Sternal Metastasis and Thyroid Carcinoma: A Rare Combination
Posted: Wednesday, April 7, 2021
Mohammed Ridai, MD, of Ibn Rochd-Casablanca University Hospital Center, Morocco, and colleagues published the case of a woman presenting with sternal metastasis as the first manifestation of papillary thyroid carcinoma. These deep-bone metastases may decrease the survival rate by more than 60%, and very few of these cases have been discovered. This case study was reported in the International Journal of Surgery Case Reports.
The endocrinology service referred a 59-year-old woman who discovered sternal metastasis of papillary thyroid carcinoma by a painless, fixed, and firm presternal mass; it had grown over the course of a year. A plunging goiter with sternal localization was found on a cervicothoracic CT, sternal hyperfixation was discovered by iodine scintigraphy, and stage IVb papillary thyroid carcinoma was confirmed by biopsy. Hyperthyroidism was also discovered, and the woman was treated with levothyroxine.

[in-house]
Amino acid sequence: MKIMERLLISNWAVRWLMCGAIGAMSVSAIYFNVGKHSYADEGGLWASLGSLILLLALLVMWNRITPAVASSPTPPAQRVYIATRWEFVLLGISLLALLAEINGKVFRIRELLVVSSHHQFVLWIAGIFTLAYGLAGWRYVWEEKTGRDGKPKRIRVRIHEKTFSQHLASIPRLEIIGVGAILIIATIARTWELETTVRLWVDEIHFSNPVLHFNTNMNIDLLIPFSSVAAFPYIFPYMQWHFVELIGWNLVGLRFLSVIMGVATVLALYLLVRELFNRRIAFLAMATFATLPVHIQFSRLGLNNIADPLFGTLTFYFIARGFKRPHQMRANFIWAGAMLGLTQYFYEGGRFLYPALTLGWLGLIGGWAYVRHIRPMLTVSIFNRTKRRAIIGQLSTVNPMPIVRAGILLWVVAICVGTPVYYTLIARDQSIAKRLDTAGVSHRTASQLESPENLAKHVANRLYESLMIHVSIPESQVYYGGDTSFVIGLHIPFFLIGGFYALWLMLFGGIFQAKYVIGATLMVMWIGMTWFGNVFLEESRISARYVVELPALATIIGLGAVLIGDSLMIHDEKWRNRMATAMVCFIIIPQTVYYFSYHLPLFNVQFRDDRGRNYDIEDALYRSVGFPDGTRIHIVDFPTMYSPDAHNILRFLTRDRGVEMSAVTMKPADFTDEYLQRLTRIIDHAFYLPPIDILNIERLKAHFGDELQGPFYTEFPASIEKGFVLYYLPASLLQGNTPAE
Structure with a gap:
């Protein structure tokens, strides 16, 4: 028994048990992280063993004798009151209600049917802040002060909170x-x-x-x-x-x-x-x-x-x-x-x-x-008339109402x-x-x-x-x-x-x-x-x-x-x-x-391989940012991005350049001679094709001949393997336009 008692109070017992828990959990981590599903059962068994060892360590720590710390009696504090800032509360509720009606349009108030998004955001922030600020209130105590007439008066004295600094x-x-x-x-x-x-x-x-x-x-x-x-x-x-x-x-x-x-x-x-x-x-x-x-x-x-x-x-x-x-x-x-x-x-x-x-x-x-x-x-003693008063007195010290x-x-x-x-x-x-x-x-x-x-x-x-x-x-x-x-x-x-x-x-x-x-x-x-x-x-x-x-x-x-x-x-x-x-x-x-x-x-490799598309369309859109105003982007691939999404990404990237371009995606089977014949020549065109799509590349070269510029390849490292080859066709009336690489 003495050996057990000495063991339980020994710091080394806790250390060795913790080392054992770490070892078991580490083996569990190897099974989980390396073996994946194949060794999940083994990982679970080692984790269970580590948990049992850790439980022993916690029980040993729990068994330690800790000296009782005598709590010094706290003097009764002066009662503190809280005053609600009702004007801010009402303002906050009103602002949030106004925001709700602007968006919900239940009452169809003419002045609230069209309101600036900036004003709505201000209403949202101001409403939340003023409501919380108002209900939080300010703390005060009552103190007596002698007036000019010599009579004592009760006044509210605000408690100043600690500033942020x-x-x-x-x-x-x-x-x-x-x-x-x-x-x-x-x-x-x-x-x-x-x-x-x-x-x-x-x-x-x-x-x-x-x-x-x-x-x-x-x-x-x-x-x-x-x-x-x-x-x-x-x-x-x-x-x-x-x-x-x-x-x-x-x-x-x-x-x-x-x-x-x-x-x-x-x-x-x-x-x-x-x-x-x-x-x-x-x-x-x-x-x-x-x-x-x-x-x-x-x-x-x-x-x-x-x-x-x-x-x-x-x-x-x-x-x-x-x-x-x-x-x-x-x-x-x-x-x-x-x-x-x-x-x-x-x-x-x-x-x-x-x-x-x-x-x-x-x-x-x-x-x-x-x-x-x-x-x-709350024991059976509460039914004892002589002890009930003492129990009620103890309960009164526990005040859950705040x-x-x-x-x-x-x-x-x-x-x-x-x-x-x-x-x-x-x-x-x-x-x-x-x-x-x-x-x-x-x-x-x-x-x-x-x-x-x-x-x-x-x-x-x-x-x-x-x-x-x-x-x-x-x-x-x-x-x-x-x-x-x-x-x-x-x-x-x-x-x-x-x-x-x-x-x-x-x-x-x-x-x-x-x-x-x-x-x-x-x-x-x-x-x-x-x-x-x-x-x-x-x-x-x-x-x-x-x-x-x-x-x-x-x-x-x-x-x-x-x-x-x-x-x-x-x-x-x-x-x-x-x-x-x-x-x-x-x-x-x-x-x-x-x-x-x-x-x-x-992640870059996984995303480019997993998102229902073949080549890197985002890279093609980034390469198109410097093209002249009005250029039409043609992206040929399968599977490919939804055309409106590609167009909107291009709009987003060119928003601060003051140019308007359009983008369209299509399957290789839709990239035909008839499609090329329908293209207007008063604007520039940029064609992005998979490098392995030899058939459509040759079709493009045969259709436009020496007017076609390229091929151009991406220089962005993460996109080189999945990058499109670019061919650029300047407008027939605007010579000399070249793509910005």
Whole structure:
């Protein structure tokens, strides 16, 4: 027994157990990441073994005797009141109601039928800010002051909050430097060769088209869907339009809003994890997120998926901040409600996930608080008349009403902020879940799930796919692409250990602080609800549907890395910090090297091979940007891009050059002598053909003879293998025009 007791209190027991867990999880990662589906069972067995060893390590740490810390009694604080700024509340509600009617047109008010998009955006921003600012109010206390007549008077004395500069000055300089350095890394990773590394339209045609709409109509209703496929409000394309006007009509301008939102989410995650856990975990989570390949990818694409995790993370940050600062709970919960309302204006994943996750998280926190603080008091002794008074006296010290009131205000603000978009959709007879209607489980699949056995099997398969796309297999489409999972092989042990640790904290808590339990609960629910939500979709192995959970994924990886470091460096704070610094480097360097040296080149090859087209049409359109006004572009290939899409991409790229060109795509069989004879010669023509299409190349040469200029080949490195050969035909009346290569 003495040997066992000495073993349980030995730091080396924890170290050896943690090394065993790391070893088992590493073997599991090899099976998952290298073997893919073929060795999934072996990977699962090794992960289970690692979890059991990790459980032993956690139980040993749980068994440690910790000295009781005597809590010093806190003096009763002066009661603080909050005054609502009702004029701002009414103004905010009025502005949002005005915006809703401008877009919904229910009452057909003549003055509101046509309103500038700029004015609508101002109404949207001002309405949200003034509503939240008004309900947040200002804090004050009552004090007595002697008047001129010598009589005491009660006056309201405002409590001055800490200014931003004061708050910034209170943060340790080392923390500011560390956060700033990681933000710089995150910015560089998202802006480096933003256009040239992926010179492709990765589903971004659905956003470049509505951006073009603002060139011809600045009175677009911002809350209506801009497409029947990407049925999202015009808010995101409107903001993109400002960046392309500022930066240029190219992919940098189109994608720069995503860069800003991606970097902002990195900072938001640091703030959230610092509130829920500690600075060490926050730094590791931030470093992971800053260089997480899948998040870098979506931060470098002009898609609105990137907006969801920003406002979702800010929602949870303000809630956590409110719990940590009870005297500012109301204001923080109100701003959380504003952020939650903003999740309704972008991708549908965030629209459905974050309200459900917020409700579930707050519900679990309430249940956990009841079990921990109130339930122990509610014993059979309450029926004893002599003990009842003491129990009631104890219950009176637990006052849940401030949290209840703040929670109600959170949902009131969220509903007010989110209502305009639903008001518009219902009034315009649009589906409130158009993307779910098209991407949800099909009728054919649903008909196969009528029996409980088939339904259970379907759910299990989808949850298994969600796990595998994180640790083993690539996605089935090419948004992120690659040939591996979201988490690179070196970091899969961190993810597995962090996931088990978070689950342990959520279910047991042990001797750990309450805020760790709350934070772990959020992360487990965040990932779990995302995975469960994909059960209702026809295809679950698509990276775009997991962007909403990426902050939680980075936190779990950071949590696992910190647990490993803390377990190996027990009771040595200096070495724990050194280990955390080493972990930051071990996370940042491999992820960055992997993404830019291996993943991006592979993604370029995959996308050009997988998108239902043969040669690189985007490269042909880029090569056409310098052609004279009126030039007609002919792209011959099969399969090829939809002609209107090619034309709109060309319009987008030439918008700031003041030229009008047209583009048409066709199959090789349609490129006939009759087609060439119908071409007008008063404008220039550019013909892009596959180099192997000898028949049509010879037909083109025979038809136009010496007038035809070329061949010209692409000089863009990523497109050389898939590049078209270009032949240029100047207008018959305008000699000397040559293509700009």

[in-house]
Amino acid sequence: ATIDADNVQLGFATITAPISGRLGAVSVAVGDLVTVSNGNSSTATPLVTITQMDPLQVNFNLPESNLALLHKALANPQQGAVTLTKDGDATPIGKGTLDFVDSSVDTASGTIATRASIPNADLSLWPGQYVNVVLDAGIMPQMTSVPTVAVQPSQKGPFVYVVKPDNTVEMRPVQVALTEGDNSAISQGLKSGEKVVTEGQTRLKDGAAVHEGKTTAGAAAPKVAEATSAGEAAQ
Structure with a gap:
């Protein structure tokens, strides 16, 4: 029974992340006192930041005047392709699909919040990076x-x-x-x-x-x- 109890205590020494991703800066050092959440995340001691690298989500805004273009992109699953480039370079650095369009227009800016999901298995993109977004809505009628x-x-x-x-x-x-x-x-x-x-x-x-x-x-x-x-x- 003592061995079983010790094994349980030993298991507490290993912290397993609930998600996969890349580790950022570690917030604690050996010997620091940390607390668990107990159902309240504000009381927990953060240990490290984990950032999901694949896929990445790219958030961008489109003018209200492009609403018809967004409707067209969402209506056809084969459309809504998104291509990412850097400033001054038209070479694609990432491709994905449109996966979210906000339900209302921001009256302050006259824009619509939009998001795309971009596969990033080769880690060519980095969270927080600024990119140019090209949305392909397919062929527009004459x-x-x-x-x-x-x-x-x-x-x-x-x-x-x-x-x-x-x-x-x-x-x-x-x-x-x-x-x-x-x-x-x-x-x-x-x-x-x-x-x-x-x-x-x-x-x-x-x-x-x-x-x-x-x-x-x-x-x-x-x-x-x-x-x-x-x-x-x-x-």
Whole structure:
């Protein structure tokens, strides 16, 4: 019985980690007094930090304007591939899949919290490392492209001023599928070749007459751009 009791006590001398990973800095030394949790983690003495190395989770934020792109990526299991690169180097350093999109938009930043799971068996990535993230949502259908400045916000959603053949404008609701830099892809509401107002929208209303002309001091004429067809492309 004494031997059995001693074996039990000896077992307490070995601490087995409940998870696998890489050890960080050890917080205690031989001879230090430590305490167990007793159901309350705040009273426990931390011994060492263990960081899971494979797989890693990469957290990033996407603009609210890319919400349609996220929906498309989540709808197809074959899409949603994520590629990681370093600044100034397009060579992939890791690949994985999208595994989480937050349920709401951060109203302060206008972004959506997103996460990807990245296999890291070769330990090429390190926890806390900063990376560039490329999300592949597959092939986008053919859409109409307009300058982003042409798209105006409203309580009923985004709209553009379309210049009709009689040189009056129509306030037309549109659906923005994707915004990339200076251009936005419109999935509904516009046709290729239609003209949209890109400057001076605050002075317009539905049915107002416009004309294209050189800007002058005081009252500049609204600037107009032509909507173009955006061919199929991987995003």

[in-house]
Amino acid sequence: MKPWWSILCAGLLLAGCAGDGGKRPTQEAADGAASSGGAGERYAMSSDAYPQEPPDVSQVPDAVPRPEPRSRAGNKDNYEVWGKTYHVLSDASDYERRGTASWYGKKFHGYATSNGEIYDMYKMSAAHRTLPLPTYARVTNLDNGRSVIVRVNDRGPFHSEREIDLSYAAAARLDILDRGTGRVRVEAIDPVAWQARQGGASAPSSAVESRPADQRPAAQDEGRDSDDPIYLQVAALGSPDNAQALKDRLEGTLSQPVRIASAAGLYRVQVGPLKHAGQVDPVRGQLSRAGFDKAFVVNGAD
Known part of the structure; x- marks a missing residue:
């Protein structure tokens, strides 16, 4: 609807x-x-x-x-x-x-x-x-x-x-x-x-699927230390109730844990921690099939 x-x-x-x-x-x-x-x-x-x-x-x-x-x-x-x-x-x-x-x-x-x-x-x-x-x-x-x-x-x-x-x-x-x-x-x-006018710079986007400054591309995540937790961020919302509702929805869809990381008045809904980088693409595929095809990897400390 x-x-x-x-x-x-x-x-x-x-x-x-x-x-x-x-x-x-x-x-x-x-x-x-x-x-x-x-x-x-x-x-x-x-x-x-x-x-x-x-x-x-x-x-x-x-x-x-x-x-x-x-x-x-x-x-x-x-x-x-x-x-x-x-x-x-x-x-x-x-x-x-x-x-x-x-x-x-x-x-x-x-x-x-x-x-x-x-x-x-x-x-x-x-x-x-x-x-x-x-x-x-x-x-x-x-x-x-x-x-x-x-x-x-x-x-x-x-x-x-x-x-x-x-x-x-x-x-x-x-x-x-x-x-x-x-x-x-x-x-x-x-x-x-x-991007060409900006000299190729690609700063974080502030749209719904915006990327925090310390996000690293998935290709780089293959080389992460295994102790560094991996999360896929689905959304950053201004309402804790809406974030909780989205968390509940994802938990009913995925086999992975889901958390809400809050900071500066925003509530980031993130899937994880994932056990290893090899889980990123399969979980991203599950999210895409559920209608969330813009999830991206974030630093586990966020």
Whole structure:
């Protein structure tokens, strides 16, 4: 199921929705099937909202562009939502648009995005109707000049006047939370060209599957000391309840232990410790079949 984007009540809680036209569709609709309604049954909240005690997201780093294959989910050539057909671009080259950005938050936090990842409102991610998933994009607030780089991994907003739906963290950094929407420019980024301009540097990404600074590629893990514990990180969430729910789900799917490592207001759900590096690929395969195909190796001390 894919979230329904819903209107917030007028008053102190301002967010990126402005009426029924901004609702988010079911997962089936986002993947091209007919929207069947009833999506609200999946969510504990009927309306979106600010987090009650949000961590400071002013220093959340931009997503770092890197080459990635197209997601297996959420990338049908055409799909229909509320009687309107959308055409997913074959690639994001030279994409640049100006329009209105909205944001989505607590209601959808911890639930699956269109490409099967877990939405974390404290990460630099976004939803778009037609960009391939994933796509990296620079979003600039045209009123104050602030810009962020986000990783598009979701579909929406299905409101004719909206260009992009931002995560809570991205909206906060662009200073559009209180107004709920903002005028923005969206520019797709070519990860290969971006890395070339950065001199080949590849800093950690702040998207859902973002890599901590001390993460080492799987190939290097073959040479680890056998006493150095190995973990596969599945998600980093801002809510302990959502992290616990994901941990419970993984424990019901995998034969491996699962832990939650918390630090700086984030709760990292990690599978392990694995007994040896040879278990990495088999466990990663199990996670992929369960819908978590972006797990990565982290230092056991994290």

The patient underwent total thyroidectomy with sternal mass resection and chest wall reconstruction involving two titanium bars and polymesh dual prosthesis. There were no surgical complications, and the patient was extubated and transferred to the ICU for monitoring. Adjuvant 200 mCi radioiodine therapy was administered. She was discharged from the hospital after 4 days.
The biopsied specimen was discovered to be 60% papillary thyroid carcinoma and 40% insular thyroid carcinoma, with bone localization; clavicular, sternal, and coastal resection margins were R0. There were no residual iodine-hungry lesions found in the collarbones or breastbone on post-treatment scans. At a 1-year follow-up, the patient was in good health, and her condition was improving with levothyroxine.
Disclosure: The study authors reported no conflicts of interest.